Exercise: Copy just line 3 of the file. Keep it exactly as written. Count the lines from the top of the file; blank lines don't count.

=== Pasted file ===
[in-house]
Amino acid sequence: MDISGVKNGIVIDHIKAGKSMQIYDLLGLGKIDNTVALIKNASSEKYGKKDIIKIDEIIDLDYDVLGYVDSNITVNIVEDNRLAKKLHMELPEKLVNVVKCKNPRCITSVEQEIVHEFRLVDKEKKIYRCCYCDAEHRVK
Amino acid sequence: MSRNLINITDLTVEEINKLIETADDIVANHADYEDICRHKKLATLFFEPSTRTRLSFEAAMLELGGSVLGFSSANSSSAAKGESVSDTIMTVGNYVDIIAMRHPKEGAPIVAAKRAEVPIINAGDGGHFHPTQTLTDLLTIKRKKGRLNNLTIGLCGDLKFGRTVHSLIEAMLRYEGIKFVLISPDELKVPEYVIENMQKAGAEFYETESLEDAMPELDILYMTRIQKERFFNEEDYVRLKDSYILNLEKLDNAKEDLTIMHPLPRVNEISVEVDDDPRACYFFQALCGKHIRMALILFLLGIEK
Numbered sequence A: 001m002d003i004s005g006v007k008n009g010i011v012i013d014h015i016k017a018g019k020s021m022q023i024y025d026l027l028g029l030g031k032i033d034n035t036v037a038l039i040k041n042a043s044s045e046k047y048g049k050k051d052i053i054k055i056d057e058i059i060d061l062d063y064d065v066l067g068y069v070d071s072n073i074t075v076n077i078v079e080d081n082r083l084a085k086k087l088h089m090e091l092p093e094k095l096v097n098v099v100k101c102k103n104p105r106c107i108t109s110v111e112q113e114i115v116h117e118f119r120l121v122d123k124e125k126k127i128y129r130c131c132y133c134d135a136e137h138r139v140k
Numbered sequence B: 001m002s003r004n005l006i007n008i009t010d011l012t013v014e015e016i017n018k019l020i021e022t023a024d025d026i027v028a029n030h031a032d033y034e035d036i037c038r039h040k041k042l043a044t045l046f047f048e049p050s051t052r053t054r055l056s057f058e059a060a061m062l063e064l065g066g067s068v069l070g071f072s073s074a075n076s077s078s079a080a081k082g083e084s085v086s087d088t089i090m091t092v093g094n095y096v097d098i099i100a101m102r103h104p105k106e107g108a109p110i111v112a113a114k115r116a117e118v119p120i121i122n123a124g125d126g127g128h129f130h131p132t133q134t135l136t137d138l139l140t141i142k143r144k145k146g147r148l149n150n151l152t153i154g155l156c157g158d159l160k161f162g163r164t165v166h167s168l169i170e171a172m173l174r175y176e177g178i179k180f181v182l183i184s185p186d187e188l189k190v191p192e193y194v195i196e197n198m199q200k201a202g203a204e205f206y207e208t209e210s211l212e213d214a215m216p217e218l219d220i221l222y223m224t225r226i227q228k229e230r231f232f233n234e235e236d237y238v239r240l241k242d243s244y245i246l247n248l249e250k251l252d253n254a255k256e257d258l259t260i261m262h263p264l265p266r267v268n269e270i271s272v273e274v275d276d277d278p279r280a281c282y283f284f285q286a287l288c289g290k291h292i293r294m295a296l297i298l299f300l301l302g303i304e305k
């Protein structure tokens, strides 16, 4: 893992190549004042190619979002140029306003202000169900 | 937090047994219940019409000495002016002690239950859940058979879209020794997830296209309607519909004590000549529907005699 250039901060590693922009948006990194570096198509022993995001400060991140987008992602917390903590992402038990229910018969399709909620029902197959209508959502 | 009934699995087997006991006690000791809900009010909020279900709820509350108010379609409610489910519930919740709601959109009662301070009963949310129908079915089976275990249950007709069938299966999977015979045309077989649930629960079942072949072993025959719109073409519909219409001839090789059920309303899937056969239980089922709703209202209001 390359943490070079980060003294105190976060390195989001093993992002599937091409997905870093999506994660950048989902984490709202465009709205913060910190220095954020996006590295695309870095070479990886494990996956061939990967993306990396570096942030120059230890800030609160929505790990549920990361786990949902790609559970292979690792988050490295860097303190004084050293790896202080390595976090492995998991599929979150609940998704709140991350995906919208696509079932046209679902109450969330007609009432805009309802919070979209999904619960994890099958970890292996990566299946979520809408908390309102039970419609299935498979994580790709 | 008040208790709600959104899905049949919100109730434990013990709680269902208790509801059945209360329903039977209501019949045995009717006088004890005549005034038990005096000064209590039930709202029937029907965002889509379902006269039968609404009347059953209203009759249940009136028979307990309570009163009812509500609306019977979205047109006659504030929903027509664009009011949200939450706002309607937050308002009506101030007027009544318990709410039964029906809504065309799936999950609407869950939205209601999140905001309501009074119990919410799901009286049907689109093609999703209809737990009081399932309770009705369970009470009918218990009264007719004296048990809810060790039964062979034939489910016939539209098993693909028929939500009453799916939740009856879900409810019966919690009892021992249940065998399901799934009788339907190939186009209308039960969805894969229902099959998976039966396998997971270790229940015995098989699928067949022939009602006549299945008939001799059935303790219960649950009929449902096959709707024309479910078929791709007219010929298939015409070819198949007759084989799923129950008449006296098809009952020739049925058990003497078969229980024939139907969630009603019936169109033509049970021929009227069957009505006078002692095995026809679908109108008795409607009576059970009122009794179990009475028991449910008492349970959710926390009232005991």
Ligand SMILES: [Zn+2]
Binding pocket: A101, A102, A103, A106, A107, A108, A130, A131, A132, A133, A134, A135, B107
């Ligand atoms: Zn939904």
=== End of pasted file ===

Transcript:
Amino acid sequence: MSRNLINITDLTVEEINKLIETADDIVANHADYEDICRHKKLATLFFEPSTRTRLSFEAAMLELGGSVLGFSSANSSSAAKGESVSDTIMTVGNYVDIIAMRHPKEGAPIVAAKRAEVPIINAGDGGHFHPTQTLTDLLTIKRKKGRLNNLTIGLCGDLKFGRTVHSLIEAMLRYEGIKFVLISPDELKVPEYVIENMQKAGAEFYETESLEDAMPELDILYMTRIQKERFFNEEDYVRLKDSYILNLEKLDNAKEDLTIMHPLPRVNEISVEVDDDPRACYFFQALCGKHIRMALILFLLGIEK